JEFFERSON CITY, Mo. – For the third time this session, Senate Democrats stalled a vote on photo voter ID legislation sponsored by Sen. Will Kraus, R-Lee’s Summit.
The Wednesday night filibuster on HB 1631, authored by Rep. Justin Alferman, stretched to about 1 a.m. early Thursday until the chamber went to an “at rest” period, and the Senate adjourned just an hour later for the day.
At a press conference Thursday, Kraus, R-Lee’s Summit, voiced his frustration at the Democratic stonewalling, but he remains confident that Republicans will get the bill passed this session despite strong opposition.
“The effort of trying to get this done and working with the minority party is there,” he said.
Senate President Pro Tem Ron Richard, R-Joplin, said that he, Majority Floor Leader Mike Kehoe, and Minority Floor Leader Joe Keaveny have had long discussions on the future of the legislation Wednesday night and even Thursday morning before session began. Richard noted that the possibility of a previous question motion, which gummed up the Senate in the last week of the 2015 session due to Democratic outrage, was an option, but that Republicans were not ready to pull the trigger on that option.
The other alternative he says is that the bill probably does not pass.
“I’d like to finish that before we leave in two weeks, but apparently it’s going to be a little bit tougher than I thought,” he said on the legislation.
Democrats have stated their opposition to legislation this session before, staging another filibuster against SJR 39, a religious liberties bill offered by Sen. Bob Onder, and stalling debate on other bills as well. They appear more than willing to put their foot down again on photo voter ID as they have owned the floor each time it has been brought before the body which has totaled 13 hours of debate.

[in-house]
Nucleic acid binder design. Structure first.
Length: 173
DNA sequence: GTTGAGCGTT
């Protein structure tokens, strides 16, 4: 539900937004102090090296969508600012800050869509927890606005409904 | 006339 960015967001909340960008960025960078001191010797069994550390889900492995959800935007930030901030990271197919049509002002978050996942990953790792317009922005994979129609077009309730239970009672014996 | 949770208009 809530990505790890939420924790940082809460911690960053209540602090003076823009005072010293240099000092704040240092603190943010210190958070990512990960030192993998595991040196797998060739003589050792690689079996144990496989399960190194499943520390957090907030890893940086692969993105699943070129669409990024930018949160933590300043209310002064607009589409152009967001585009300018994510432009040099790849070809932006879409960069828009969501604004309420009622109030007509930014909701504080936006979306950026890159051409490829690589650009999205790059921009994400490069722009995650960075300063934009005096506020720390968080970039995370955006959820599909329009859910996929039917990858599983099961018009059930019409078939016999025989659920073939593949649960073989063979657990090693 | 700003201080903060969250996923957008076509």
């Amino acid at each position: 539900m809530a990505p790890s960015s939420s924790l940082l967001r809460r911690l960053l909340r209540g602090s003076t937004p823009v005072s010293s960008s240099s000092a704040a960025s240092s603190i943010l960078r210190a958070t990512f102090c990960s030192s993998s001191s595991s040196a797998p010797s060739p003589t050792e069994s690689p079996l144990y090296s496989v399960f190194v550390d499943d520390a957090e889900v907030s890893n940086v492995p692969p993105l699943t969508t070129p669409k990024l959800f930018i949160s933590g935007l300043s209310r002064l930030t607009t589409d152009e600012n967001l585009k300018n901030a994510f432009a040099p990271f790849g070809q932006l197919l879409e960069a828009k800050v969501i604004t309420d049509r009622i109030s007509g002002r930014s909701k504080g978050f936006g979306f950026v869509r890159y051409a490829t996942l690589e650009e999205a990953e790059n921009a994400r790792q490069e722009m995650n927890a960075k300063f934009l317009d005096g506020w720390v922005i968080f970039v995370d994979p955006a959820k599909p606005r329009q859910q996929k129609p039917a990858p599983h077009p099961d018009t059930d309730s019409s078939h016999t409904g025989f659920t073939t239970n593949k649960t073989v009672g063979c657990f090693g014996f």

Sen. Jamilah Nasheed, D-St. Louis, occupied the floor for much of the debate. She believes the measure is discriminatory in nature because the acquisition of new IDs would disproportionately affect minorities in urban areas, women and the elderly. She alleges Senate Republicans are part of a nationwide conservative movement intent on “suppressing the votes [and] disenfranchising groups of individuals that tend to vote for Democrats.”
“This is about weakening the Democratic Party, and we know it,” she said during her filibuster.
She also cited that voter impersonation, the main form of photo fraud a photo voter ID would combat, simply did not happen in the state of Missouri.
Kraus, a candidate for Secretary of State, rejects those claims and argues that the bill is necessary to ensure voting rights and fair elections. He cited an example on the floor in an inquiry from Nasheed which happened in Jackson County in 2012 where a woman was turned away because someone had already voted for her. He posited that voter impersonation was underreported because it is difficult to prove.
“How do you catch that person that impersonated her?” he asked rhetorically at Thursday’s press conference. “How would you catch someone that’s impersonating someone right now? If they don’t show an ID, how can you catch them?”
Kraus also argues the fiscal note of $10 million on the bill is “highly exaggerated” as it is based on assumptions that around 50 percent of the 200,000 Missourians without a valid photo voter ID would try to immediately acquire one. He believes that number would be much lower.
“I believe this wouldn’t cost more than $10,000,” he said.